Freedom of the Press
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Press Freedom Score (0 = best, 100 = worst)
Legal Environment(0 = best, 30 = worst)
Political Environment(0 = best, 40 = worst)
Economic Environment(0 = best, 30 = worst)
Despite the lifting of the 1989 state of emergency and the signing of a new, less restrictive constitution, the government continued to severely hinder the ability of media to operate freely. In July, President Omar al-Bashir and then vice president John Garang (the former leader of the southern rebel separatist group, Sudan People's Liberation Army) signed into law a new constitution that did not explicitly subordinate press freedom to the imperatives of public order, security, or morality. The following day, the state of emergency was lifted, formally ending censorship in Sudan. Nevertheless, throughout 2005 the government-via the National Security Office-engaged in prepublication censorship, confiscated and banned publications, and detained journalists. As a result, many journalists practice self-censorship. The quasi-official National Press Council (NPC) is responsible for applying the Press Law and has the power to license and suspend newspapers and journalists-a power that was employed numerous times in 2005.
During the year, authorities cracked down on independent media and journalists were often subject to verbal and physical harassment by security forces and other armed groups. After the editor of the daily Al-Wafaq was arrested on criminal blasphemy charges in May, the NPC suspended the newspaper's publishing license for three days and the criminal court subsequently fined the daily about SDD732,000 (approximately US$3,200) and suspended the publication for three months. Later that month, security forces raided the offices of the English-language daily Khartoum Monitor and banned publication of the May 21 issue because of a report and an editorial covering violent riots in the Soba Aradi displaced peoples' camp. One month later, the Khartoum Monitor was ordered to close by the Supreme Court, in a special court proceeding to which the newspaper had not been invited, for publishing an interview accusing the government of practicing slavery. The ban was revoked in July after the lifting of the state of emergency. However, in August police stopped the publication of two opposition Arabic-language dailies-Al-Watan and Al-Wan-after raiding the printing press that served both newspapers. Although no explanation was given, Al-Watan editor Tahir Sati attributed the raid to critical reporting of the government's handling of riots following the death of Garang in a plane crash. Al-Wan had previously faced injustice from the government when, in 2004, editor Hussein Khogali was arrested and held for more than a month in secret detention without charge (permissible under the National Security Act). He was released without explanation in early January 2005.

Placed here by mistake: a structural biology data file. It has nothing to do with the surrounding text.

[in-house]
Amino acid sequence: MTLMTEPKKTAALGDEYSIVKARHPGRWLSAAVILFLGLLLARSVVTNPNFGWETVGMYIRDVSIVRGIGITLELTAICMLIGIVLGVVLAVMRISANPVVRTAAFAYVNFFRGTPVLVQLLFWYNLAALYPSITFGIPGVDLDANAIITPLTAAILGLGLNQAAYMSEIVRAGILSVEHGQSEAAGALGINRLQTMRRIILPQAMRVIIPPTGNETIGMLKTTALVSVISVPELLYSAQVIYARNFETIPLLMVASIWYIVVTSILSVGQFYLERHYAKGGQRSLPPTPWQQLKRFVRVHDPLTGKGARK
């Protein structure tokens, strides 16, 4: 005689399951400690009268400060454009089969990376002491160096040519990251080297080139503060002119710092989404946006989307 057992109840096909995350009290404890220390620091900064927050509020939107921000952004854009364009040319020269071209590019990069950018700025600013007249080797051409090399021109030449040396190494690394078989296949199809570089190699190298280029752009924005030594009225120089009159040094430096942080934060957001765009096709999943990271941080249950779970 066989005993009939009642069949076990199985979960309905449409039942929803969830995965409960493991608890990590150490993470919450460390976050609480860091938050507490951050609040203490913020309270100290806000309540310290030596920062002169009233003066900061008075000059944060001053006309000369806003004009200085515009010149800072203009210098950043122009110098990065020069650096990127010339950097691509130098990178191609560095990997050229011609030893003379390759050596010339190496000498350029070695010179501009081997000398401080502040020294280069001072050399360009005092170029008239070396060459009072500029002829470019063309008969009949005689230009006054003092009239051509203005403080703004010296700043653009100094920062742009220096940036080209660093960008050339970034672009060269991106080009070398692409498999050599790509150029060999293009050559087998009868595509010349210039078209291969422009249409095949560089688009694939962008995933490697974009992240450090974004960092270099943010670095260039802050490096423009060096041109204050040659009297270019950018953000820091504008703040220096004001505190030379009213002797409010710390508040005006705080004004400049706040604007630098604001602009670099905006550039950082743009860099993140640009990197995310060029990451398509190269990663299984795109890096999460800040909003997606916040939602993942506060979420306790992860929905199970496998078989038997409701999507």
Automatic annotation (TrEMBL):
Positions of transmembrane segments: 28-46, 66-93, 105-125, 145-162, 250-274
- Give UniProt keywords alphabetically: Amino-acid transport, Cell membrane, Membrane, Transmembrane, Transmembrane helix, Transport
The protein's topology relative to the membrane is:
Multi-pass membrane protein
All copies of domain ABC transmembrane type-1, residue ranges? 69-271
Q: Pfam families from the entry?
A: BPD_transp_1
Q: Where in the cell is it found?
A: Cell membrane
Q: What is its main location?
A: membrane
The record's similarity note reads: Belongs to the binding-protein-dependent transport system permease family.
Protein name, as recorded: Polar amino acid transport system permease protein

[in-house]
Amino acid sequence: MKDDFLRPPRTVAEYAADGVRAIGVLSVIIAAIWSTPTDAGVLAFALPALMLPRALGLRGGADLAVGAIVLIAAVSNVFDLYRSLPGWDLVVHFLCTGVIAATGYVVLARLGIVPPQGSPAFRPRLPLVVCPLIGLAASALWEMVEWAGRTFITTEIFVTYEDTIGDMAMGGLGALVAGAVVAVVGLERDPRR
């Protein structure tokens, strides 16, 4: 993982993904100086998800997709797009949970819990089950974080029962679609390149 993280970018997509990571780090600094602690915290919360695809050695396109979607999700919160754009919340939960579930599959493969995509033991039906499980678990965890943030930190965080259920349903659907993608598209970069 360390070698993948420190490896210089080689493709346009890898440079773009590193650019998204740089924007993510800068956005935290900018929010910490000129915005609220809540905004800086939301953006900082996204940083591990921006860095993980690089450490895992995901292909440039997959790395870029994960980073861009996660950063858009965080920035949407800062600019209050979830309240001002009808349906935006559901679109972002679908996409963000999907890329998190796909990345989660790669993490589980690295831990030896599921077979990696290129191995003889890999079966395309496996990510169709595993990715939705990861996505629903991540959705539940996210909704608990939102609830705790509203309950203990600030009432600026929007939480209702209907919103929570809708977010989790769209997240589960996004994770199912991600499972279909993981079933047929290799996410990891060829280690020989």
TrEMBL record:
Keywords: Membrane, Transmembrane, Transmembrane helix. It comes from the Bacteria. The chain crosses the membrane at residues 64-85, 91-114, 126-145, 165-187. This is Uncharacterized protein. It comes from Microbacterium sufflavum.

While foreign journalists were allowed to cover events in war-torn Darfur during the year, domestic journalists were prohibited from reporting independently from the region. Several journalists, including American photographer Brad Clift, were detained for lacking the proper licenses to work in Darfur; however, all were later released.
There are several daily newspapers and a wide variety of Arabic- and English-language publications. Although all of these are subject to scrutiny and harassment, some do criticize the government. Domestic broadcast media are directly controlled by the government and are required to reflect official views, though some foreign programs are available. In spite of license requirements and high costs, satellite usage continued to rise. Access to the internet is not restricted by the government but is limited to 3 percent of the population by economic and social constraints.